Charleston, S.C., blogger Robert Moss described it as having "a definite hay-like taste/aroma." One raw milk aficionado praised its "complexity of flavor" in the New York Times. New York magazine food critic Adam Platt bemoaned its " funky grass aftertaste" as "a little too barnyard" -- and described it as "milk you'd feed a baby seal." (Whatever that means.)
What is it?
In the past few years -- and especially the past few months -- raw milk has become, despite the controversy that surrounds it, quite the trendy thing to drink. What is it? Unlike the stuff that most of us buy at the local grocery store, raw milk hasn't been pasteurized (meaning it hasn't been heated to bacteria-destroying 145 degrees). This means that, on the up side, it has a creamier consistency and exotic taste far removed from what you probably have in your fridge, and, on the down side, it has a higher likelihood of killing you.
The FDA has warned consumers that raw milk can contain bacteria, like Salmonella and E. coli, that cause "vomiting, diarrhea, abdominal pain," and, in some cases, death. But according to raw milk devotees, not only has the risk of drinking raw milk been greatly exaggerated, the supposed health benefits that come with it are enough to justify their daredevil ways. Although there's little scientific proof, raw milk proponents claim that the pasteurization process robs the milk of beneficial ingredients, like vitamins A, B12 and C, good bacteria like lactobacillus, and the arthritis-fighting compound Wulzen Facto. Many drink the milk because they believe it helps them fight specific conditions (like asthma, eczema or arthritis) or because of its healthful aura.
And then there's the texture: Raw milk is thick and creamy -- if you leave it sit, the cream will separate and float to the top -- and its color can vary depending on the time of year (from pale yellow to gold to greenish), along with its taste.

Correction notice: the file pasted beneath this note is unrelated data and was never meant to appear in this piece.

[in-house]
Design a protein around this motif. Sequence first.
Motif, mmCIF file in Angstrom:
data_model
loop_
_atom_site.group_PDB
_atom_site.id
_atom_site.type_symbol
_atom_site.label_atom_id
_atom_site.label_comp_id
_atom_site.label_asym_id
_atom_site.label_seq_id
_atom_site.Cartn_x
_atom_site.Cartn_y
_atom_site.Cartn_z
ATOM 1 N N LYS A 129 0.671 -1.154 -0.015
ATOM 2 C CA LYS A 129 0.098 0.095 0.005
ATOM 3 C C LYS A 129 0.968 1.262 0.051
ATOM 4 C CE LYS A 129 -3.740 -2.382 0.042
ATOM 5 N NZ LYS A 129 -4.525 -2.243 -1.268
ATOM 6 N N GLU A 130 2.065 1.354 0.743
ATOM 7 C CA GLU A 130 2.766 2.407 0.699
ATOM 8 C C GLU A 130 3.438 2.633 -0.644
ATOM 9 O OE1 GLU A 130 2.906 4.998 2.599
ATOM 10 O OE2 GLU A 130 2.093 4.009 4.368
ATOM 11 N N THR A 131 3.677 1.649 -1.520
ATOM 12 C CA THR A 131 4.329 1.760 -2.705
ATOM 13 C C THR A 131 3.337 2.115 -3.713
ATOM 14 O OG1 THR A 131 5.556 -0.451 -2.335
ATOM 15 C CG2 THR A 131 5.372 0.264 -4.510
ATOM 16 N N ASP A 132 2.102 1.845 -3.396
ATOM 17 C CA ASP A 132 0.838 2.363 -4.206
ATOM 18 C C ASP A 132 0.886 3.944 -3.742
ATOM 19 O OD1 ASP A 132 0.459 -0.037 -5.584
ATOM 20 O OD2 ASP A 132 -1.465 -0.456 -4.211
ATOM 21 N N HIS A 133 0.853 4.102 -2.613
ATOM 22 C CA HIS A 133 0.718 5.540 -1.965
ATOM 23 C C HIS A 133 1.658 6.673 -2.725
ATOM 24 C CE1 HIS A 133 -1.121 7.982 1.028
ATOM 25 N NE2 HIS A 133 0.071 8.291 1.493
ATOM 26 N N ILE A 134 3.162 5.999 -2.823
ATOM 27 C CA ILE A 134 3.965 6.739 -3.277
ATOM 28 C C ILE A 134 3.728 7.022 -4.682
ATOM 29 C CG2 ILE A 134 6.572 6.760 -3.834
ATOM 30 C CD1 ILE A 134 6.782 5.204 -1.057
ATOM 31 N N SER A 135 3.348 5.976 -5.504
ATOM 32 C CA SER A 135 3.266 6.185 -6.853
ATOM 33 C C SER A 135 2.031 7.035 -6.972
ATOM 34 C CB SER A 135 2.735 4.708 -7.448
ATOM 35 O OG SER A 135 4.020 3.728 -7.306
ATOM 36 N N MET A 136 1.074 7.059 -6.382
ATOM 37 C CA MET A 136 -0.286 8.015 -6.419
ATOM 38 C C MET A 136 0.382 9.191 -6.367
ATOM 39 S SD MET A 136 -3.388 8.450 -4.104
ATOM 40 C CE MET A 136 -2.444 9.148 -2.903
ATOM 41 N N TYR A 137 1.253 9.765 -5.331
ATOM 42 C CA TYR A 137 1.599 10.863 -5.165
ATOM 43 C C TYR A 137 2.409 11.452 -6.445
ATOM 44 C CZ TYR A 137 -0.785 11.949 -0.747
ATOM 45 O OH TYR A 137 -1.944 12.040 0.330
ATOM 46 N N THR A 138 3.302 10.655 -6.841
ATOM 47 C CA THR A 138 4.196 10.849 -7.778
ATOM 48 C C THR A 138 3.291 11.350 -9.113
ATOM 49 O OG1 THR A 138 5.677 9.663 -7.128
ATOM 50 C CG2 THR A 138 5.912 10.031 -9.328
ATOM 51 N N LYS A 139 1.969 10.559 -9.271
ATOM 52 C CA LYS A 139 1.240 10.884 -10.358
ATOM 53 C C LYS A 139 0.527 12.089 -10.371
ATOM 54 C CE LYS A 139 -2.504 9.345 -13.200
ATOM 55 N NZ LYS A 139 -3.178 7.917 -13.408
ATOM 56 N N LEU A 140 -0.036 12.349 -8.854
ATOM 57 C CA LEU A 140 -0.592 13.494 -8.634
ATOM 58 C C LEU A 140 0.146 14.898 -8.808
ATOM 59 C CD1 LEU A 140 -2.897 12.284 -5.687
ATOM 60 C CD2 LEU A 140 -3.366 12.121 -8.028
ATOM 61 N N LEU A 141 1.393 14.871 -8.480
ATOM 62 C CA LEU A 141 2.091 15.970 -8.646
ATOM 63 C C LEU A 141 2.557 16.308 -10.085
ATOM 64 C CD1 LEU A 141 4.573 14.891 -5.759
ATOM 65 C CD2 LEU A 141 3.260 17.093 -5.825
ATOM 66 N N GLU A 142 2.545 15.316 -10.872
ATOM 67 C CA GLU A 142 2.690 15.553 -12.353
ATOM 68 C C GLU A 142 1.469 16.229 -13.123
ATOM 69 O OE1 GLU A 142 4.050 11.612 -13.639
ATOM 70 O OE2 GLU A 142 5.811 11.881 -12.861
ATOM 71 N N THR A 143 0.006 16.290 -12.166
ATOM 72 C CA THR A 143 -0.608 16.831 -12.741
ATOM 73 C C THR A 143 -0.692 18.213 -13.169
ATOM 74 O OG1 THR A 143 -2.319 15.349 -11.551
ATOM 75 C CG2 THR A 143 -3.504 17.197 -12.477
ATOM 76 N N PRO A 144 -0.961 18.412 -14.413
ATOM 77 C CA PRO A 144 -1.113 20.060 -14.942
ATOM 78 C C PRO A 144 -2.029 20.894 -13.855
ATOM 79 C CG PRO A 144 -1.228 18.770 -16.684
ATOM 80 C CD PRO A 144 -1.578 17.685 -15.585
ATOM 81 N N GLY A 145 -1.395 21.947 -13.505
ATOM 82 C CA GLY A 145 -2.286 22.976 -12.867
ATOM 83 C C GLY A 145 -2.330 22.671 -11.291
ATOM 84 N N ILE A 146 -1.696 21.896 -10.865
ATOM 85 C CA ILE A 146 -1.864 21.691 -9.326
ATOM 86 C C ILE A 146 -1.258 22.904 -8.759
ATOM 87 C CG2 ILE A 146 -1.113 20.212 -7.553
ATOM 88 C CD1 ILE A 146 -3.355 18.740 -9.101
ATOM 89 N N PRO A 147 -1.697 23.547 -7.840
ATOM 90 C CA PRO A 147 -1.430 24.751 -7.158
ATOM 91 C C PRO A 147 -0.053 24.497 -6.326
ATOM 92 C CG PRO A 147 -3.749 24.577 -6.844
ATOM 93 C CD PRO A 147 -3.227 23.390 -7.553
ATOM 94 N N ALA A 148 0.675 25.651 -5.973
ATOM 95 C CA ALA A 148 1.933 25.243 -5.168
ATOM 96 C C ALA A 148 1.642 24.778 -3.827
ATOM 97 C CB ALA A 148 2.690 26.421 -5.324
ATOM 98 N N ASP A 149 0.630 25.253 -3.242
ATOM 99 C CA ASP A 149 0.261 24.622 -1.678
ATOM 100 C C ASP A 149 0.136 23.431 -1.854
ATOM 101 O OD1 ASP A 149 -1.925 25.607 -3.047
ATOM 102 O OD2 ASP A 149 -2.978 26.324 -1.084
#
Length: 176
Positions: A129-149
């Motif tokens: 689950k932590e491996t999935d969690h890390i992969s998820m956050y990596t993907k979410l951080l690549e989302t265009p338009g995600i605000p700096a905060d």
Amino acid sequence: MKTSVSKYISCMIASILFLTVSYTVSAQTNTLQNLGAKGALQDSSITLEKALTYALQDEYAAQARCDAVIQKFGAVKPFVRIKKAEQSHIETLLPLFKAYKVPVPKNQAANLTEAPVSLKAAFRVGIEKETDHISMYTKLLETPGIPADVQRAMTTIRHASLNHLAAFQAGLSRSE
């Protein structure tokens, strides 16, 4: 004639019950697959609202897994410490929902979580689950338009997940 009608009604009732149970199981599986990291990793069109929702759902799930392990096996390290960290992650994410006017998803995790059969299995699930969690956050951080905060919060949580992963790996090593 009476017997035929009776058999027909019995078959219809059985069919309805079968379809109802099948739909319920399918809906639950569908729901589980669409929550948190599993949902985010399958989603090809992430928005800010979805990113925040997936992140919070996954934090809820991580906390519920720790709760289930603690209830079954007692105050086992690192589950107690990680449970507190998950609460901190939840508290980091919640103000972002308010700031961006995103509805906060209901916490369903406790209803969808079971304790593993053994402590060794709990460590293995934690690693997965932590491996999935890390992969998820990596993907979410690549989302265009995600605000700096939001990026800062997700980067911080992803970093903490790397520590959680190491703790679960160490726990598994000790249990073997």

Where did it come from?
Obviously people were drinking raw milk for centuries before Louis Pasteur and Claude Bernard invented the pasteurization process in the 19th century. But they were also doing a heck of a lot more throwing up. In 1938, milk was responsible for 25 percent of food and water-related illness in the United States, but after the FDA banned the interstate sale of unpasteurized milk in 1987 that number fell to 1 percent (by 1993). Today the sale of raw milk is only legal in 28 states, each with different rules and regulations. (In Virgina, for example, the only way to get raw milk is to own a share in a cow.) A Wisconsin bill legalizing the sale of raw milk currently awaits a signature from the governor.
The pro-raw milk movement has, in some form, existed since the advent of pasteurization. But in recent years it's turned into something more organized -- or as some have suggested, a "tea party movement" of dairy. Spurred by the rising profile of various food trends in America, including locavorism, veganism, vegetarianism, raw food and slow food, websites, like realmilk.com, have popped up to help consumers find the drink in their immediate area. New York has seen an upswing in farms permitted to sell raw milk (29 in 2010 compared to 19 three years ago). There has been a nearly 300 percent increase in permitted farms in Connecticut, and raw milk's burgeoning popularity has caught the interest of the New York Times, New York magazine, the Wall Street Journal and Grist, among many others.
Who's drinking it?
According to the pro-raw milk Weston A. Price Foundation, 3 million Americans drink raw milk on a regular basis -- a good portion of whom are likely health-conscious folks who are suspicious of industrial farming and not the biggest fans of those buzzkills at the FDA. In New York, raw milk drinkers often participate in a "delivery club" in which a middleman brings in the milk from a farm (a process that is technically illegal), though the exact process for getting the milk, of course, varies from state to state. It's also worth noting that raw milk isn't exactly cheap -- New York Mag's Susan Burton paid $23 for two bottles -- so families who are scraping by probably won't be pouring raw milk over their Cheerios.
Longevity rating: 7 (out of 10)
Until there's firm scientific and popular consensus on both the advantages and dangers of raw milk, it's likely to remain a niche product enjoyed by a small number of politically minded, middle-class consumers -- who don't mind a little danger to go with their cookies.